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Chapter 12

Chapter 12.doc

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Department
Anatomy and Physiology
Course
ANP1106
Professor
Jacqueline Carnegie
Semester
Winter

Description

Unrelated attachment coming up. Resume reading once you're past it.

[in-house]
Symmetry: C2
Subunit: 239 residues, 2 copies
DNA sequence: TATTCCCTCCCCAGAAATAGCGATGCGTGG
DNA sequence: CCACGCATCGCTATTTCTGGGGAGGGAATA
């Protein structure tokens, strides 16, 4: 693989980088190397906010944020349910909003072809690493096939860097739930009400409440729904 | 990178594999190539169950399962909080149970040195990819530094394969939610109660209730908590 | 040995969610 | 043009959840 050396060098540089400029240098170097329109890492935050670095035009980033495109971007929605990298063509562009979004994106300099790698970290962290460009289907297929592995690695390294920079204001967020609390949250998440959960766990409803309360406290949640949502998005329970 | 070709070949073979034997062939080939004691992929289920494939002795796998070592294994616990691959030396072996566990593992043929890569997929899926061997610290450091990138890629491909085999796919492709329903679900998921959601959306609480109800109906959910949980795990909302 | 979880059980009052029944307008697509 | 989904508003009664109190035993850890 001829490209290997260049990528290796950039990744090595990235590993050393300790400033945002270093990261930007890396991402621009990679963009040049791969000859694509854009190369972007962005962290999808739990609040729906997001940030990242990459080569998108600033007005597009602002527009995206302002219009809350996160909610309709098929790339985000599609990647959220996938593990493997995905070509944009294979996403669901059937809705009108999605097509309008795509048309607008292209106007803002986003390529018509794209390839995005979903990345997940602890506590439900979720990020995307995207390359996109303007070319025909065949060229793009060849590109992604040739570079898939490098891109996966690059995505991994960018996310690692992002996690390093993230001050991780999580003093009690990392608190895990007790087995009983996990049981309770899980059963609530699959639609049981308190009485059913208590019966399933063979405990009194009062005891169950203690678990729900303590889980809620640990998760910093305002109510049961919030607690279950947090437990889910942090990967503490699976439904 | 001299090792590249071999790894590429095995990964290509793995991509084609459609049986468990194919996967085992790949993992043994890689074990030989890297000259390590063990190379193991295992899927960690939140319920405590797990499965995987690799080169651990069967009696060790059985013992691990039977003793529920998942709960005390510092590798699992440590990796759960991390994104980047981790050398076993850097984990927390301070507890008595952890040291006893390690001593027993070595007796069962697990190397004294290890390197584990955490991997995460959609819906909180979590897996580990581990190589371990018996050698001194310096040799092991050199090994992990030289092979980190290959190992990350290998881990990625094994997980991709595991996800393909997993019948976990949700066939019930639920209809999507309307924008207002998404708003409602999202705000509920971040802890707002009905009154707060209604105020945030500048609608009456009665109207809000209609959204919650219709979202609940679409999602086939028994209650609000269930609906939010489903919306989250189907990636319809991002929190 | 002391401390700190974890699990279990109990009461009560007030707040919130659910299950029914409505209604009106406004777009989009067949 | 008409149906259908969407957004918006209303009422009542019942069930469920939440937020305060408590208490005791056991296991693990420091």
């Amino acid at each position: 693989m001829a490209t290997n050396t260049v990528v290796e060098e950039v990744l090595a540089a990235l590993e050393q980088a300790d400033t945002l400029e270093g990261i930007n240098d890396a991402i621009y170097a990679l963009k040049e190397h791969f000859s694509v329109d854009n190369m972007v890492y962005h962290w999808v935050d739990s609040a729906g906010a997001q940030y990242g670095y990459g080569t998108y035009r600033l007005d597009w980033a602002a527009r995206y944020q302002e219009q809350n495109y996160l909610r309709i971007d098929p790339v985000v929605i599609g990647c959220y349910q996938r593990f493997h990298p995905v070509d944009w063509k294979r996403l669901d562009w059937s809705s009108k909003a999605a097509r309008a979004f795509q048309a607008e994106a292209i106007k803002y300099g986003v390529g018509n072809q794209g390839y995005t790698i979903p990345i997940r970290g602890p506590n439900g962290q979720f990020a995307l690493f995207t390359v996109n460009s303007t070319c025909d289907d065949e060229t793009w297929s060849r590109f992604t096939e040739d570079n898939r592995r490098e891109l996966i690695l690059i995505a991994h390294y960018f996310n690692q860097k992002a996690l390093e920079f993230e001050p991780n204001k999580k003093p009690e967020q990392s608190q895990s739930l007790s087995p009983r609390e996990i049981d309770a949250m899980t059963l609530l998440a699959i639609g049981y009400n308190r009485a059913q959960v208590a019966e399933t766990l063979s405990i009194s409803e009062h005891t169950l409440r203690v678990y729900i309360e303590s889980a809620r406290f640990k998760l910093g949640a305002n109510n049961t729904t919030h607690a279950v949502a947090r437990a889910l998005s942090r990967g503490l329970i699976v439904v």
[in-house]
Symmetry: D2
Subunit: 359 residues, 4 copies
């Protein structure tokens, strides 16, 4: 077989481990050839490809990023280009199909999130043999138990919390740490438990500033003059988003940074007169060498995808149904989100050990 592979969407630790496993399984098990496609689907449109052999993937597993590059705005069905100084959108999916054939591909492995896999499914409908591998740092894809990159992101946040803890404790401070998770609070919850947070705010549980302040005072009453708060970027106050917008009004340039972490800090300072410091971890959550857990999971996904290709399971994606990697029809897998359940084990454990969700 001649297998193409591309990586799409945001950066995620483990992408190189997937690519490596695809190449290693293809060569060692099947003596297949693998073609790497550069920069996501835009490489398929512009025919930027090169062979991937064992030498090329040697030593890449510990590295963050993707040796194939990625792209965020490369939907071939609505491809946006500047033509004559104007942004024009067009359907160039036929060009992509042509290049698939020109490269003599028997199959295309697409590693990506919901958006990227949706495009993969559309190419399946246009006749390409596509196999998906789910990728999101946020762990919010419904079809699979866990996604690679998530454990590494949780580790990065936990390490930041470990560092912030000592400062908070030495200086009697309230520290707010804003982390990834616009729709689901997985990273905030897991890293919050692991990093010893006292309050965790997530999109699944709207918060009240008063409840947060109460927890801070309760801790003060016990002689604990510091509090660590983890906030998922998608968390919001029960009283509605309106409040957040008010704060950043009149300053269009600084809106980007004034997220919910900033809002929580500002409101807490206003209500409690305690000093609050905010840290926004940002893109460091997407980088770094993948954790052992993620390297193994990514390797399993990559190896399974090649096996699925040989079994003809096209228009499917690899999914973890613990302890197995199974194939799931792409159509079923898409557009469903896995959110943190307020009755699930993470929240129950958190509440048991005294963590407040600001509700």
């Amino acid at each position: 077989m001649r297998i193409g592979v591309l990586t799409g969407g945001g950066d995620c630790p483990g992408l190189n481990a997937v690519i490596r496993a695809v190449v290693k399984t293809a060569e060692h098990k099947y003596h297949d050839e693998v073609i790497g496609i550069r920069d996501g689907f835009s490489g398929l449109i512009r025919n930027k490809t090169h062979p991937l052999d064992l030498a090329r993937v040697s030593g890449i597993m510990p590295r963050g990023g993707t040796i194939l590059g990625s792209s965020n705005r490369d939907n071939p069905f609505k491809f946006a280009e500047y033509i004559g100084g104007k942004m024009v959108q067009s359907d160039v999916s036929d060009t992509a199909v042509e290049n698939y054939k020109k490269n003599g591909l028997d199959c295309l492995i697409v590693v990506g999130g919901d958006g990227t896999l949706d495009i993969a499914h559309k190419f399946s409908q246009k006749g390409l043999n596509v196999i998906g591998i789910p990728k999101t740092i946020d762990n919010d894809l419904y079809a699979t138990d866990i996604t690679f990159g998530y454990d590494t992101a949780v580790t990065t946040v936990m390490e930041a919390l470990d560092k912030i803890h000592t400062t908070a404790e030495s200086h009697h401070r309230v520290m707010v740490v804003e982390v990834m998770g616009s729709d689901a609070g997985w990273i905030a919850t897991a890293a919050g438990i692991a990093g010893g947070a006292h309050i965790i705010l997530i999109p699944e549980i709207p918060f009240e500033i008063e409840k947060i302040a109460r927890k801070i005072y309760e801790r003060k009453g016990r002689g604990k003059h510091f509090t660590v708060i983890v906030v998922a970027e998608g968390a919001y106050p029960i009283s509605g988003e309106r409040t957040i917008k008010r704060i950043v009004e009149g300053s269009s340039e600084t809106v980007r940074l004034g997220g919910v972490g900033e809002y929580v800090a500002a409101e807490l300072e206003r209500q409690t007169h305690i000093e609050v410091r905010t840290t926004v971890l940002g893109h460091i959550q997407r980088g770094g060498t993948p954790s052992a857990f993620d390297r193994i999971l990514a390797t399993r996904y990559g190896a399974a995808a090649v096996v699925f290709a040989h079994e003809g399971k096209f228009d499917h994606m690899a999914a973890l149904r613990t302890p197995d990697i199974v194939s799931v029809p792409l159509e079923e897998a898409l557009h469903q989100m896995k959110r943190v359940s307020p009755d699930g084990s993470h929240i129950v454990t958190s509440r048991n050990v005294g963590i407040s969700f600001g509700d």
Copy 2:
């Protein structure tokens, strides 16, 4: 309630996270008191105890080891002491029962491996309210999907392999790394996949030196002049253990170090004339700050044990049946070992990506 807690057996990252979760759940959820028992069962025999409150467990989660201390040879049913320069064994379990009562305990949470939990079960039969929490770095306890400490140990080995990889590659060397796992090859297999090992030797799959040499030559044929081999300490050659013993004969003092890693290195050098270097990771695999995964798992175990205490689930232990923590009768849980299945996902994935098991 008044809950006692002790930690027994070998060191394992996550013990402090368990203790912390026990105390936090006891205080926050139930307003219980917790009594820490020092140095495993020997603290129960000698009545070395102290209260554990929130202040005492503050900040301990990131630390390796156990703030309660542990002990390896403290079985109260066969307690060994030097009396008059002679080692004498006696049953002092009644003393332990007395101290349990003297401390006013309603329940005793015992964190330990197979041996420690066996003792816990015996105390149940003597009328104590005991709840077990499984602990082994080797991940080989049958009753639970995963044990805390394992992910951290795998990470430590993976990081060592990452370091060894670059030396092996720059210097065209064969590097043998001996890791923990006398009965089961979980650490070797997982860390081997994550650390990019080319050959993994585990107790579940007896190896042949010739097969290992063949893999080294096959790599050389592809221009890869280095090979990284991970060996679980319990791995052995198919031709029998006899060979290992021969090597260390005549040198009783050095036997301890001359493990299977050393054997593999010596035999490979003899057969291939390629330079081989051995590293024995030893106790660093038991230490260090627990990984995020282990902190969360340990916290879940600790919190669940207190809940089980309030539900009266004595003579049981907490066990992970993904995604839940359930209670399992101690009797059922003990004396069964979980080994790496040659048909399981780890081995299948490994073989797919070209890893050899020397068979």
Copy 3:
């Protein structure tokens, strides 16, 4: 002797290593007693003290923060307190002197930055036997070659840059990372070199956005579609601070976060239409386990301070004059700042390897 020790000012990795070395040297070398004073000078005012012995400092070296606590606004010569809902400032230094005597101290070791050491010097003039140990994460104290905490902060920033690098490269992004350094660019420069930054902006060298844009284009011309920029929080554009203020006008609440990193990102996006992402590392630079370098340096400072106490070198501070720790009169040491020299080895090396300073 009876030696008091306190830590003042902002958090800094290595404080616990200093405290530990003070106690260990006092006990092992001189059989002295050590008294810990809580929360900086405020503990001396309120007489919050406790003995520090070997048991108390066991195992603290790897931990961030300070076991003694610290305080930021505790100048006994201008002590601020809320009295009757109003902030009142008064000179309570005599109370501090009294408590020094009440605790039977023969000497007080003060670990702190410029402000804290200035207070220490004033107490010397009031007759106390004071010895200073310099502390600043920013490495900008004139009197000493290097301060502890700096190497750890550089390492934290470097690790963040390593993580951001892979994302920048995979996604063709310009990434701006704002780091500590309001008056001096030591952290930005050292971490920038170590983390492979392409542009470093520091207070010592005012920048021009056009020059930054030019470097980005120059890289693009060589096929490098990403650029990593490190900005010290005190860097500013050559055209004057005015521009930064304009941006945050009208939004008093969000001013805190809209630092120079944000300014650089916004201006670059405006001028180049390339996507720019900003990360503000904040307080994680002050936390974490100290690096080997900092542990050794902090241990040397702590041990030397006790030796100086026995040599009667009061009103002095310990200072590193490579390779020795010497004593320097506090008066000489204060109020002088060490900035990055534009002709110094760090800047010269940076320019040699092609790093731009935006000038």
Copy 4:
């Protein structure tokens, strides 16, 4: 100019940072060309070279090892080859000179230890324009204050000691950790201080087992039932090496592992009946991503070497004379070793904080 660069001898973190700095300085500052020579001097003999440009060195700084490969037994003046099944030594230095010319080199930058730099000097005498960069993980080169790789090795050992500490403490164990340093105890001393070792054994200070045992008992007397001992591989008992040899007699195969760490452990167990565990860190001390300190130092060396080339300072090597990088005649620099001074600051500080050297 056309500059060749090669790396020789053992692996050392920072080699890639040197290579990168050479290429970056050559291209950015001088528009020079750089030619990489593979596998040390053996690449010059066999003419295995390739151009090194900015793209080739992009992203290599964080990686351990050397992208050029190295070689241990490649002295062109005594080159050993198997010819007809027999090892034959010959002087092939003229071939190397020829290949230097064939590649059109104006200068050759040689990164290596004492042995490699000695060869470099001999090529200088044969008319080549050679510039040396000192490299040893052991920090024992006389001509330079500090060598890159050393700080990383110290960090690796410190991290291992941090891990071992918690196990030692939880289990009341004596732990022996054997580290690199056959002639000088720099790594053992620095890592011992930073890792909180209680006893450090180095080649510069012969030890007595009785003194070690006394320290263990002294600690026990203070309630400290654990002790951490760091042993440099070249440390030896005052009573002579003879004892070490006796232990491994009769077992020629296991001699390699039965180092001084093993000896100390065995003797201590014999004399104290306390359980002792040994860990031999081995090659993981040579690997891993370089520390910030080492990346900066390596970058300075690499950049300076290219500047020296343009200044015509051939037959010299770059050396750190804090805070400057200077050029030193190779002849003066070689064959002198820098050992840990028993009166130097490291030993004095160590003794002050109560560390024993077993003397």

Chapter 12: The Central Nervous System Protection of the Brain -the brain is protected by bone (the skull), membranes (the meninges), a water cushion (cerebrospinal fluid) -the brain is protected from harmful substances in the blood by the blood-brain barrier Meninges -made up of 3 connective tissue membranes that lie just external to the CNS organs -used to cover and protect the CNS, protect blood vessels and enclose sinuses, contain cerebrospinal fluid (CSF), and forms partitions in the skull -from external to internal of the meninx: 1) Dura Mater -the strongest meninx -is a 2-layered sheet of fibrous connective tissue -the more superficial periosteal layer is attached to the inner surface of the skull (the periosteum) -no dural periosteal layer surrounding the spinal cord -the deeper meningeal layer forms the true external covering of the brain and continues caudally in the verterbral canaal as the spinal dura mater -the 2 dura maters are fused together except in certain areas where they separate to enclose dural venous sinuses that collect venous blood from the brain and direct it into the internal jugular veins of the neck -dural septa is made up of meningeal dura mater that extends inward to form flat partitions that subdivide the cranial cavity -they help to limit excessive movement of the brain within the cranium -made up of: a) Falx Cerebri -sickle-shaped fold that dips into the longitudinal fissure between the cerebral hemispheres -attaches to the crista galli of the ethmoid bone anteriorly b) Falx Cerebelli -continue inferiorly from the posterior falx cerebri -runs along the vermis of the cerebellum c) Tentorium Cerebelli -like a tent over the cerebellum -a nearly horizontal dural fold that extends into the transverse fissure between the cerebral hemispheres (which it helps to support) and the cerebellum 2) Arachnoid Mater -the middle meninx -forms a loose brain covering -never dips into the sulci of the cerebral surface -separated from the dura mater by the subdural space which contains a film of fluid -the subarachnoid space lies beneath the arachnoid membrane -contains weblike extensions that span the space and secure the arachnoid mater to the underlying pia mater -filled with CSF and contains the largest blood vessels serving the brain -these blood vessels are poorly protected because the arachnoid is find and elastic -arachnoid villi are knoblike projections of the arachnoid mater that protrude superiorly through the dura mater and into the superior sagittal sinus -CSF is absorbed into the venous blood of the sinus by these valve-like villi 3) Pia Mater -composed of delicate connective tissue -rich with tiny blood vessels -the only meninx that clings tightly to the brain and follows every convolution of the brain -small arteries entering the brain carry parts of pia mater inward with them for small distances Meningitis -inflammation of the meninges -bacterial or viral meningitis may spread to the CNS -diagnosed by obtaining a sample of CSF via lumbar tap and examining for microbes Encephalitis- brain inflammation Cerebrospinal Fluid -found in and around the brain and spinal cord -forms a liquid cushion that gives buoyancy to the CNS structures -reduces brain weight by 97% and prevents the brain from crushing under its own weight -helps nourish the brain and carries chemical signals throughout the brain -formed from blood plasma and has a similar composition -contains less protein than plasma -contains more Na+, Cl-, and H+ than blood; less Ca2+ and K+ -the choroid plexuses that hang from the roof of each ventricle forms CSF -made up of a cluster of broad, thin-walled capillaries enclosed by pia mater and then by a layer of ependymal cells lining the ventricles -capillairies are fairly permeable and tissue fluid filters continuously from the bloodstream -the ependymal cells are joined by tight junctions and have ion pumps that allow them to modify this filtrate by actively transporting only certain ions across their membranes into the CSF pool -regulation of CSF is important because it mixes with extracellular fluid and this influences its composition -ion pumping also sets up ionic gradients that cause water to diffuse into the ventricles -in adults, total CSF volume is about 150 mL which is replaced every 8 hours -500 mL of CSF is formed daily -choroid plexues help cleanse the CSF by removing waste products and unnecessary solutes -CSF moves freely through the ventricles -some circulates into the central canal of the spinal cord -most CSF enters the subarachnoid space via the lateral and median apertures in the walls of the 4th ventricle -cilia of ependymal cells lining the ventricles help to keep the CSF in constant motion -in the subarachnoid space, CSF bathes the outer surfaces of the brain and spinal cord and then returns the blood in the dural sinuses via the arachnoid villi hydrocephalus- accumulation of CSF and the exertion of pressure on the brain -caused by obstructed circulation (i.e.: tumor) -in babies, it causes the head to enlarge because their skull bones have not fused yet -in adults, it may damage the brain because the skull is rigid and hard and accumulating fluid compresses blood vessels of the brain and crushes soft nervous tissue -treated by inserting a shunt into the ventricles to drain excess fluid into the abdominal cavity Blood-Brain Barrier -a protective mechanism that helps to maintain the stable environment for the brain -if the brain was exposed to chemical variations, the neurons would fire uncontrollably because hormones and amino acids serve as neurotransmitters and certain ions (i.e.: K+) modify the threshold for firing -bloodbourne substances in the brain's capillaries must pass through 3 layers before they reach the neurons: 1) the endothelium of the capillary wall 2) thick basal lamina surrounding the external face of each capillary 3) the bulbous feet of the astrocytes clinging to capillaries -supply the required signals to the endothelial cells, causing them to make tight junctions -tight junctions join the endothelial cells together, forming the blood-brain barrier and making these the least permeable capillaries in the body -blood-brain barrier is selective -nutrients like glucose, essential amino acids, and some electrolytes move passively by facilitated diffusion through the endothelial cell membranes -bloodborne metabolic wastes, proteins, some toxins, and most drugs cannot enter -small non-essential amino acids and potassium ions are prevented from crossing; are also actively pumped from the brain across the capillary endothelium -barrier is ineffective against fats, fatty acids, oxygen, carbon dioxide, and other fat- soluble molecules that diffuse easily through plasma membranes -bloodborne alcohol, nicotine, and anesthetics can affect the brain -structure of blood-brain barrier is not completely uniform -capillaries of the choroid plexuses are very porous -the ependymal cells surrounding them have tight junctions -blood-brain barrier is absent in some areas surrounding the 3rd and 4th ventricles and their capillary endothelium is permeable -e.g.: the vomiting centre of the brain stem -monitors blood for poisonous substances -e.g.: hypothalamus -regulates water balance, body temperature, and other metabolic activities -the lack of a blood-brain barrier is essential to allow the hypothalamus to sample chemical compositions of the blood -blood-brain barrier is incomple